Not only is Thimphu's city-life intriguing by the very fact that it is constantly evolving but also nearby are some of the most auspicious sites tucked within and atop that gloriously unscathed landscape. A short drive out and a waterfall splashes onto a glistening rock-mural of the Guru Rinpoche while fluttering prayer flags line up their white and multi-coloured promises amidst a flurry of verdant forests. We hiked up, together with a Taj Tashi guide, to a most remarkable monastery, Tango, dating, quite obviously, from the 13th Century and it is here that the teachings of the Drukpa Kagyupa were founded. It was glowing from sunshine, 1000's of butter lamps and the golden rooftop of the outstanding 19th century Shabdrung Jigme Choegyal (an enormous chorten sitting beneath the entrance to the monastery). The views from here are sensational... all the way to the snow-capped mountains of the Himalayas.

Taj Tashi Treasures

The strikingly coloured saffron and charcoal facade is dramatically dzong in appearance, adhering to stringent local law regarding building aesthetics, and sits smack in the heart of Thimphu. With 66 gloriously designed, finely appointed, mountain facing suites and rooms plus a sensational spa, the hotel is set to become one of Bhutan's, if not South East Asia's, most sought after luxury landmarks.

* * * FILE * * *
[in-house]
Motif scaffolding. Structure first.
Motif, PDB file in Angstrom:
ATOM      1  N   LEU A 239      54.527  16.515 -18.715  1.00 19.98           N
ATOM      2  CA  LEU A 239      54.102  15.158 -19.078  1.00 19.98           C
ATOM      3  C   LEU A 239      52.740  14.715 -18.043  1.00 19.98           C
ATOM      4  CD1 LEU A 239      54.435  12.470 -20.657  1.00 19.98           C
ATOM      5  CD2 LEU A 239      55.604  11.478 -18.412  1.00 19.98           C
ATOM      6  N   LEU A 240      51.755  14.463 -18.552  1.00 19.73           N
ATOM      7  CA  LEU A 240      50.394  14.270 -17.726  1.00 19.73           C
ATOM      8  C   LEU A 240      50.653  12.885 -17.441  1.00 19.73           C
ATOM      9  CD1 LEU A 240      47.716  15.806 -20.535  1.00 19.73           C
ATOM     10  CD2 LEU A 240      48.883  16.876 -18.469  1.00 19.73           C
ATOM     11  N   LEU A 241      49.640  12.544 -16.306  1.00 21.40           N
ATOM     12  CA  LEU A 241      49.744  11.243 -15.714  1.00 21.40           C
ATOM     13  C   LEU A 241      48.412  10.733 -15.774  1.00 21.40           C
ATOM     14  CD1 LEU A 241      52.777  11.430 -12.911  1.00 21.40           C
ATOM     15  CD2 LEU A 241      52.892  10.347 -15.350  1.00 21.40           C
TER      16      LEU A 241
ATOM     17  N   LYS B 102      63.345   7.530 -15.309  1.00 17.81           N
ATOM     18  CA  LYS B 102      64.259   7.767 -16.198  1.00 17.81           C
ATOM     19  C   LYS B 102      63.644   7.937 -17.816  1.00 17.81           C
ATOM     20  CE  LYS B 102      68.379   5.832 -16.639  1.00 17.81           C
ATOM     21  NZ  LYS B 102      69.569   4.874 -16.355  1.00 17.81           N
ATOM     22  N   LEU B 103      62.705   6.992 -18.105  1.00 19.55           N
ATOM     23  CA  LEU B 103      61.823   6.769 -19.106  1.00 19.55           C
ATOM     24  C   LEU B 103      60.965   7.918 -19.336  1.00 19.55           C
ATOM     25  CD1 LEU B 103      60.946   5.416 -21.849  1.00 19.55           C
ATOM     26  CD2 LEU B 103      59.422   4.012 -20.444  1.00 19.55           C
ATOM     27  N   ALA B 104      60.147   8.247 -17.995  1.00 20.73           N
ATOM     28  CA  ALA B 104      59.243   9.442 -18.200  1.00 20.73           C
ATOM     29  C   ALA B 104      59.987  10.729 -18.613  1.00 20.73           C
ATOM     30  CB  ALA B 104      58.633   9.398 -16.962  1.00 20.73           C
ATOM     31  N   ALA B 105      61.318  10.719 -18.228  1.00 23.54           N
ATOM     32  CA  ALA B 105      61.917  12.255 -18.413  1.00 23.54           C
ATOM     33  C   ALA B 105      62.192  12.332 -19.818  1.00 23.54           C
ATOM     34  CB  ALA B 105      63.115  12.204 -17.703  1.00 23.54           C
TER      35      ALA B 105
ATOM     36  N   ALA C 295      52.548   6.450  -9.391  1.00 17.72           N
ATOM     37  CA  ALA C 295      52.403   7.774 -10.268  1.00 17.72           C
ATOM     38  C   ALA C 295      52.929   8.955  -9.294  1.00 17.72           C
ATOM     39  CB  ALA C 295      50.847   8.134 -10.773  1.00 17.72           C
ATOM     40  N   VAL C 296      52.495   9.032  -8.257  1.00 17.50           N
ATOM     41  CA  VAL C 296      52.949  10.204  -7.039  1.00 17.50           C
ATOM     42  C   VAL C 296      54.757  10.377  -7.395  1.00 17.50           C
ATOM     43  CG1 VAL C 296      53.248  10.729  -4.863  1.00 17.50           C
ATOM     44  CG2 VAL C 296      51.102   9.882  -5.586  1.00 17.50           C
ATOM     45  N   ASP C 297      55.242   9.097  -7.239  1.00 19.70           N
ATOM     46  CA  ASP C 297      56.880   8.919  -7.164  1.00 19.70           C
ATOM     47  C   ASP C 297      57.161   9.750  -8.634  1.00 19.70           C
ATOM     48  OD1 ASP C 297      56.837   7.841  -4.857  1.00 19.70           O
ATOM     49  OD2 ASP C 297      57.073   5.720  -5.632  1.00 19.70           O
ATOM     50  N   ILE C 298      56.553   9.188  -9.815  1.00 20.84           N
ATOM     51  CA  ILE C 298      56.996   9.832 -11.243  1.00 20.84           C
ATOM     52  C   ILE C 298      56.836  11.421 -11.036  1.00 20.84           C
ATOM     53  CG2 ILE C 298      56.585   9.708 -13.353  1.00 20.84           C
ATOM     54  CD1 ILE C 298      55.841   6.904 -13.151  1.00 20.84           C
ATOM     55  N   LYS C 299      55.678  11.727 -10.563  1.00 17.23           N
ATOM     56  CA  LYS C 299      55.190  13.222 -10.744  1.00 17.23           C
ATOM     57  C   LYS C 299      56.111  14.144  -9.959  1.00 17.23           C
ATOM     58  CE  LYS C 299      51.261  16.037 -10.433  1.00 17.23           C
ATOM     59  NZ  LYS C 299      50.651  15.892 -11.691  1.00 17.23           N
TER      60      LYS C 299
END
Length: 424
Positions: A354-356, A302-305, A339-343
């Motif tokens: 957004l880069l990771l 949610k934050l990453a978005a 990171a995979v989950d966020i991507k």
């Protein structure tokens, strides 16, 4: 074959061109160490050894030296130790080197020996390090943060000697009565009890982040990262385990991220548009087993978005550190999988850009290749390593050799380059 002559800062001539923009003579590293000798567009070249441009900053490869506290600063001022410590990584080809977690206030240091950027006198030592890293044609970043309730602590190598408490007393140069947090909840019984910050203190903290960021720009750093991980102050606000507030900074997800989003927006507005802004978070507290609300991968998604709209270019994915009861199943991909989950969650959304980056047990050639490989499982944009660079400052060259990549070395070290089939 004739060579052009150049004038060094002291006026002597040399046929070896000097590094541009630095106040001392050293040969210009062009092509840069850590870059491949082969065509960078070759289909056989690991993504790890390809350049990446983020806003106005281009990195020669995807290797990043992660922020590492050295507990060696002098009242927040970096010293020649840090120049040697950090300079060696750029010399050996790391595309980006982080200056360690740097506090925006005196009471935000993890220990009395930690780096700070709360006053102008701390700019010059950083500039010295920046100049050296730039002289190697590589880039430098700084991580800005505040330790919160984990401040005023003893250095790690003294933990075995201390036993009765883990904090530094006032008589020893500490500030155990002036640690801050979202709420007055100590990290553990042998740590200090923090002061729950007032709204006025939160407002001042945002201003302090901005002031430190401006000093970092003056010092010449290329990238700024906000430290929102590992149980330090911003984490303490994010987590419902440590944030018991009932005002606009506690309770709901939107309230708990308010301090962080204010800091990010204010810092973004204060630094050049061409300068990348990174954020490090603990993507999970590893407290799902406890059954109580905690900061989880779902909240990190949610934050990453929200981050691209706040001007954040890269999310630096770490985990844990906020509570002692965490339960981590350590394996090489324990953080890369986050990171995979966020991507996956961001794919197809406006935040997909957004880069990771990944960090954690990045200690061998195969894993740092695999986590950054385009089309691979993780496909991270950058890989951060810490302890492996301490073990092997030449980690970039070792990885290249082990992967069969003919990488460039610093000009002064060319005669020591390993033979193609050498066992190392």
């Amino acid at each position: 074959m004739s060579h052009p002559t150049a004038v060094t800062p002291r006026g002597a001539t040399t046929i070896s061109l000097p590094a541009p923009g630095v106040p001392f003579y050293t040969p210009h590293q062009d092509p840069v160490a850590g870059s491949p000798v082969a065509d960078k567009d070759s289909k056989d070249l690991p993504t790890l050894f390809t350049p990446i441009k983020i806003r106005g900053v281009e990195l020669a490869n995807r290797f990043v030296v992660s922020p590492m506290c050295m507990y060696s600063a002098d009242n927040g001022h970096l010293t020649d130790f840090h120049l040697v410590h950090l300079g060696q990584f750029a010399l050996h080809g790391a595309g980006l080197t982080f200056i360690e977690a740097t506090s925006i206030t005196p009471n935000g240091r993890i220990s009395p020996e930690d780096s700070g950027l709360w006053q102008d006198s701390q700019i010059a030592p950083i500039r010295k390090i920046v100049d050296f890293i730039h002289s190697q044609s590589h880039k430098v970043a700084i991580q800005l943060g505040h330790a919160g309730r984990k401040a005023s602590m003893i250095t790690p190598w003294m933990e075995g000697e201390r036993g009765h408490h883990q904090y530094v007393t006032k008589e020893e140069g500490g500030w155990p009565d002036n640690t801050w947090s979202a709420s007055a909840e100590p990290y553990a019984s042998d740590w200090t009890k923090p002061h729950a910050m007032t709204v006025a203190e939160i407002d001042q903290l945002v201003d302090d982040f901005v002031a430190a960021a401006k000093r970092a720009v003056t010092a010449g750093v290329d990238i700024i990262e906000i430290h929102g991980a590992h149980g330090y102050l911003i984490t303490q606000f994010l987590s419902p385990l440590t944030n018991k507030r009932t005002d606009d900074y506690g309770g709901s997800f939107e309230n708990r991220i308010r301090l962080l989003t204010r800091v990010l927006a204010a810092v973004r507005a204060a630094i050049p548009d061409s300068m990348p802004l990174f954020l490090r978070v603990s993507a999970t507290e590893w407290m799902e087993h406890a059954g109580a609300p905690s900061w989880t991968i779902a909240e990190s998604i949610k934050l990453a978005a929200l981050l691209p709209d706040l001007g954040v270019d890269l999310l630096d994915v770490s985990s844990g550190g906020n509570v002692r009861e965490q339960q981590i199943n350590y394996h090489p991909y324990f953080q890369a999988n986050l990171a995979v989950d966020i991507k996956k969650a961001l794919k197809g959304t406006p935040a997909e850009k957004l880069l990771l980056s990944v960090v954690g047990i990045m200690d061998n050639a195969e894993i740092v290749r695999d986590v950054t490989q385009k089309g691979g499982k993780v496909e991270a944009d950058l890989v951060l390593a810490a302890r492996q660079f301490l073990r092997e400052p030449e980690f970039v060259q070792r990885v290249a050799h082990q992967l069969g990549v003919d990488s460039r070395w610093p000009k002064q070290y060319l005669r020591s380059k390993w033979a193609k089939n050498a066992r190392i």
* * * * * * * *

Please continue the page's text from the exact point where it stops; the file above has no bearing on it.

Outside, the urban-bustle is intense; inside, the soothing calm is a tranquil balm. This airy aura is enhanced by three visual themes or motifs that flow artistically throughout the hotel: the dhungs (long brass pipes with a sound that goose-bumps the hardest of skin follicles); the clouds (the kingdom above the clouds); the double-dorjes (indestructibility and destruction of negative forces). The sky soaring five stars at the Taj Tashi have been polished with outstanding Bhutanese/Indian style blending the finest of pampering together with indigenous kingdom-magic: an intoxicating blend, indeed.